Last Updated: 2 January, 2021
There is an expectation that journals should start on 1st January, however there is no reason why you can’t start a journal in the middle of the year. In fact, I’d encourage you to start a journal when you have the thought instead of waiting for the new year; why waste time.
There are two reasons we think you need to start on the 1st January:
- link with new year resolutions
- diaries usually start 1st January
Neither of these are good enough reasons to delay. Firstly new year resolutions create unnecessary pressure on ourselves and secondly why constrain yourself by a printed book. There are plenty of different books you can use for a journal , including blank notebooks where you create the format to fit you style.
Here are some ideas on starting a journal in the middle of the year, including filling any blank pages in pre-printed notebooks.
Use a pre-printed notebook
There are two main types of pre-printed or structure notebooks: a page a day journal or 5 year journal. Both come in dated and undated formats (these are not as easy to find, but do exist in UK and USA).
A third type is a book of prompted questions such as asking you to write where you grew up. As these are normally focused on collecting information, they are not date dependent and can be started at any time.
If you use a pre-dated journal after 1st January you’ll find you have some empty pages. These can be easy to fill depending on how through the year it is.
- Use a page a day diary and write a review of the days you’ve missed making it clear they were not written at the time, perhaps using a different style like a bullet point list or mind map
- Review your status updates on Facebook and Twitter and any emails you sent on the missed days and copy in any that describe what you did or how your felt
- Create a collage of information relevant to each day e.g. bus tickets, leaflets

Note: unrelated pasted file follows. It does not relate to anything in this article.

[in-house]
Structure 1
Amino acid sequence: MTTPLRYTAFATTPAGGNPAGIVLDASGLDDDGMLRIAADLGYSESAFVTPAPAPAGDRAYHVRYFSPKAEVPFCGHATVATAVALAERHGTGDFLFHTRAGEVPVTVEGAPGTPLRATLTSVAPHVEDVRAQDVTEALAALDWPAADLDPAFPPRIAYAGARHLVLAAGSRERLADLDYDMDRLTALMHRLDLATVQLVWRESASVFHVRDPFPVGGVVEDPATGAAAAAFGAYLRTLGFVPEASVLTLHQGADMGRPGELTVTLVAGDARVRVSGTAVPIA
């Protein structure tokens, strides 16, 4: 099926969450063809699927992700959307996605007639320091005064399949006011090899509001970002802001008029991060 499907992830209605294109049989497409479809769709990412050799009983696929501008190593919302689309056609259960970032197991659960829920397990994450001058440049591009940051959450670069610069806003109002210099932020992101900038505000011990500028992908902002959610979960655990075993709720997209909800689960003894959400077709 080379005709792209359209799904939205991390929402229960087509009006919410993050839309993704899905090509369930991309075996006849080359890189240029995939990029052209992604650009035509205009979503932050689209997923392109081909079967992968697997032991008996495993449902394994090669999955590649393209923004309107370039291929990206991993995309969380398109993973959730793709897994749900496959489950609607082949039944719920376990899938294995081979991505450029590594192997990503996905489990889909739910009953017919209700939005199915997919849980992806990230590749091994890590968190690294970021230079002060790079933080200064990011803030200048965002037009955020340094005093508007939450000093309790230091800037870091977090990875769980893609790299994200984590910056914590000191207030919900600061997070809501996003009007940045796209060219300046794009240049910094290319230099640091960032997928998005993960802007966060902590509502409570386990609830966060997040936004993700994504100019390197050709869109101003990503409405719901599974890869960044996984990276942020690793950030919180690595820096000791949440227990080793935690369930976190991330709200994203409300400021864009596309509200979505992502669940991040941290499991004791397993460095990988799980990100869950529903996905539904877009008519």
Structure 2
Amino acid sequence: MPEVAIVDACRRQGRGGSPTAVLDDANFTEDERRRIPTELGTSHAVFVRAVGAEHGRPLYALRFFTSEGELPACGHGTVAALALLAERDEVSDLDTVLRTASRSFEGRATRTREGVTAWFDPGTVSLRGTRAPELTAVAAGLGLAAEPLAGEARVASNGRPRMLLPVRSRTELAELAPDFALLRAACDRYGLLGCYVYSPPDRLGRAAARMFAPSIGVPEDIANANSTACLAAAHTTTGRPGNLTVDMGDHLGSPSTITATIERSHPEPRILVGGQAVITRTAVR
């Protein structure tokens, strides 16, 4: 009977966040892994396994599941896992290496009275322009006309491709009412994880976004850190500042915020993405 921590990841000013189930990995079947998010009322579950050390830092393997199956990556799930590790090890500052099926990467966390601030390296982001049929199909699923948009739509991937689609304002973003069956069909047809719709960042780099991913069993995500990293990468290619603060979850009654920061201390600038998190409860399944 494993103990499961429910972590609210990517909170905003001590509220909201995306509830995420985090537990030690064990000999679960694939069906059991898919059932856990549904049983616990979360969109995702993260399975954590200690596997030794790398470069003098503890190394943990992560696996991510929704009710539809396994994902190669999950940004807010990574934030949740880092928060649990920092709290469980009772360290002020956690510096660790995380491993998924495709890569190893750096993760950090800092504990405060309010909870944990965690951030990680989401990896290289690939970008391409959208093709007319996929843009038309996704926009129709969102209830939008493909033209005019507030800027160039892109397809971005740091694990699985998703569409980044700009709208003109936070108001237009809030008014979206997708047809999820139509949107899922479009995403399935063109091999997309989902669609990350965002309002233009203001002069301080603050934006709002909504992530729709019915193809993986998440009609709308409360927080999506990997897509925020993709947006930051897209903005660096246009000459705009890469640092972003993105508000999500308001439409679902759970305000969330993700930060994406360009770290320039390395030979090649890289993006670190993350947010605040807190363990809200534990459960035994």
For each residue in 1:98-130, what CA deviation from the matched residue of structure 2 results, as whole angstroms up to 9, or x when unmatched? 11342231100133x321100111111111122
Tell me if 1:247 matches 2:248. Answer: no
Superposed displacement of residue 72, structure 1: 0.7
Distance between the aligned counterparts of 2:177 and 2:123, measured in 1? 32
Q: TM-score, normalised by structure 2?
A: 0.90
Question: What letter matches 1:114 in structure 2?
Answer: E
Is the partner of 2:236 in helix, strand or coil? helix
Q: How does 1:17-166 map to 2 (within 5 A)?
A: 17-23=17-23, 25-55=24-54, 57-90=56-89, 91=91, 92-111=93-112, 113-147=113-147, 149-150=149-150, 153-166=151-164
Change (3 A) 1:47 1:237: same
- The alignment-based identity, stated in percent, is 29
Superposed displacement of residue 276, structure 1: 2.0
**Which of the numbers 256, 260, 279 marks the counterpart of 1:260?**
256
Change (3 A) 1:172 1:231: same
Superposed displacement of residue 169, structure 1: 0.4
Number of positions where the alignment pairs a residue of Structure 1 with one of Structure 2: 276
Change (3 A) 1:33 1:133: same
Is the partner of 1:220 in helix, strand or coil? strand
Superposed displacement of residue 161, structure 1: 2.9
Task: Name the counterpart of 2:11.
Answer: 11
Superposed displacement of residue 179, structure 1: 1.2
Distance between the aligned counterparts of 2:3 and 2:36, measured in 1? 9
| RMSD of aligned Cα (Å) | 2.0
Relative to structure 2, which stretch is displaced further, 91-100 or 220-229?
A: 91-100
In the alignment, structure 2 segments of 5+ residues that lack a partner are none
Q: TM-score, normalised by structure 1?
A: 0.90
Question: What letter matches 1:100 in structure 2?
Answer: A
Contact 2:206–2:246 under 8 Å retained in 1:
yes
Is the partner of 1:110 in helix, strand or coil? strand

- Stick in a photograph taken on each missed day
- leave them blank, it is part of your journalling story, there is no reason why they should be filled in just because they’ve been printed
- use the first few pages to write information you may not include otherwise e.g. description of current situation e.g.where you live, your job, list of what you want to achieve this year, description of the people who may make an appearance, or create an index so you can easily refer to key events / emotions in the future
- start on today’s date and at the end of the year loop round and start using the first part of the year , just make sure you make the dates clear.
Use a blank notebook
There are a number of reasons a blank notebook is a great for a journal:
- you can start when you want with no empty pages
- if you miss a day or weeks you can pick up where you left off with no guilt
- you can write as much as you want without the end of the page creating a limit.
When I used large A4 notebooks I would start and stop my entries part way through a page, but now I use a smaller A5 notebook I start each entry on a new page and I’m happy to stop writing when I want even if it is only part way through a page.
Journaling and Bullet Journalling
Blank notebooks and journalling are starting to be associated with bullet journalling. In their original formats I consider journals and bullet journals as having different purposes. Journals are a way of recording your thoughts about what has happened and what might happen, and a bullet journal is an organisation system. However, journals are personal and many people have combined different techniques to be their own style.
There are many examples of beautiful bullet journal layouts online, don’t compare your approach to these. The original bullet journal technique uses just a pen and notebook. You don’t need to go down the art journal approach if you don’t want, equally you can simplyadd the occasional doodle, drawing or ticket.
Software is similar to using a blank notebook. There is no structure so you can start when you want, and write when you want. There are two main options, journal writing software (which may include dated entries, but they are less obvious than in a notebook) and a word processor or notetaking software where you can create your ownstructure.
Software is available for your computer, phone or in a web browser so you can choose what is most suitable for you, or even choose an option which syncs so you can access in it different ways depending on where you are.
Just start whenever you want even if it is the middle of a year
Journalling is a personal activity so do it the way that works for you. It is absolutely not necessary to fit with “society norms”. I give you permission to start a journal in the middle of the year.
The oldest journal I’ve kept is from 1989 and I started it at the end of September, in a lined notebook. My motivation to start was because my older sister had started one and I thought it looked exciting, and I wanted to write one for longer!
Focus on where you are now, and don’t worry about earlier in the year. If you decide you want to provide information about earlier in the year, try different ideas, as you may find a new technique you enjoy and want to continue with.
How do you start a journal in the middle of the year? Do you worry about missed days?